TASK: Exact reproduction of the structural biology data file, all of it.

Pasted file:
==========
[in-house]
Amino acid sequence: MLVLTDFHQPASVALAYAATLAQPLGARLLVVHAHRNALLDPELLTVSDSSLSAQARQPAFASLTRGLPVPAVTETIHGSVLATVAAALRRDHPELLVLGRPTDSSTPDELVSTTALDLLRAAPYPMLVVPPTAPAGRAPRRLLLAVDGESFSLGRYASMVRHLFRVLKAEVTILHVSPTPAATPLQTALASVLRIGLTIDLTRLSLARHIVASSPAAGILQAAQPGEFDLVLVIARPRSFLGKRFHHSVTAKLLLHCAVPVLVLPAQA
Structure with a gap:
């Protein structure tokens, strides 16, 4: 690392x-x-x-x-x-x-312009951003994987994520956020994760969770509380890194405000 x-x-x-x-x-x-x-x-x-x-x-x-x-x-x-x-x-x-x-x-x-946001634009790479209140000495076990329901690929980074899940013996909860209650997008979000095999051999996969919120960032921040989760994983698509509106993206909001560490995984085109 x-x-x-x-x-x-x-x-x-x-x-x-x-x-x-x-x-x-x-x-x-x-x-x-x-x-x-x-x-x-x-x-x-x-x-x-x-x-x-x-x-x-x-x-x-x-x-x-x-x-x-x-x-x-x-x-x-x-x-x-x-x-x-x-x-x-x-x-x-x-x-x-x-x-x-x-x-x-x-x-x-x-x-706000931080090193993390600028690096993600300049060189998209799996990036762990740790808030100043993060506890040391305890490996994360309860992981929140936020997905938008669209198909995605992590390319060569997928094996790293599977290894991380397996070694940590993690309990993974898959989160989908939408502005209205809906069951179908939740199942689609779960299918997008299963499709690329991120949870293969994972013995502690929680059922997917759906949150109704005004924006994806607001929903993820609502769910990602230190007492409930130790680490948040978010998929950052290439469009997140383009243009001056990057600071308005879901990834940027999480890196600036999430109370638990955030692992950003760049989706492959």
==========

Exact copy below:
[in-house]
Amino acid sequence: MLVLTDFHQPASVALAYAATLAQPLGARLLVVHAHRNALLDPELLTVSDSSLSAQARQPAFASLTRGLPVPAVTETIHGSVLATVAAALRRDHPELLVLGRPTDSSTPDELVSTTALDLLRAAPYPMLVVPPTAPAGRAPRRLLLAVDGESFSLGRYASMVRHLFRVLKAEVTILHVSPTPAATPLQTALASVLRIGLTIDLTRLSLARHIVASSPAAGILQAAQPGEFDLVLVIARPRSFLGKRFHHSVTAKLLLHCAVPVLVLPAQA
Structure with a gap:
């Protein structure tokens, strides 16, 4: 690392x-x-x-x-x-x-312009951003994987994520956020994760969770509380890194405000 x-x-x-x-x-x-x-x-x-x-x-x-x-x-x-x-x-x-x-x-x-946001634009790479209140000495076990329901690929980074899940013996909860209650997008979000095999051999996969919120960032921040989760994983698509509106993206909001560490995984085109 x-x-x-x-x-x-x-x-x-x-x-x-x-x-x-x-x-x-x-x-x-x-x-x-x-x-x-x-x-x-x-x-x-x-x-x-x-x-x-x-x-x-x-x-x-x-x-x-x-x-x-x-x-x-x-x-x-x-x-x-x-x-x-x-x-x-x-x-x-x-x-x-x-x-x-x-x-x-x-x-x-x-x-706000931080090193993390600028690096993600300049060189998209799996990036762990740790808030100043993060506890040391305890490996994360309860992981929140936020997905938008669209198909995605992590390319060569997928094996790293599977290894991380397996070694940590993690309990993974898959989160989908939408502005209205809906069951179908939740199942689609779960299918997008299963499709690329991120949870293969994972013995502690929680059922997917759906949150109704005004924006994806607001929903993820609502769910990602230190007492409930130790680490948040978010998929950052290439469009997140383009243009001056990057600071308005879901990834940027999480890196600036999430109370638990955030692992950003760049989706492959």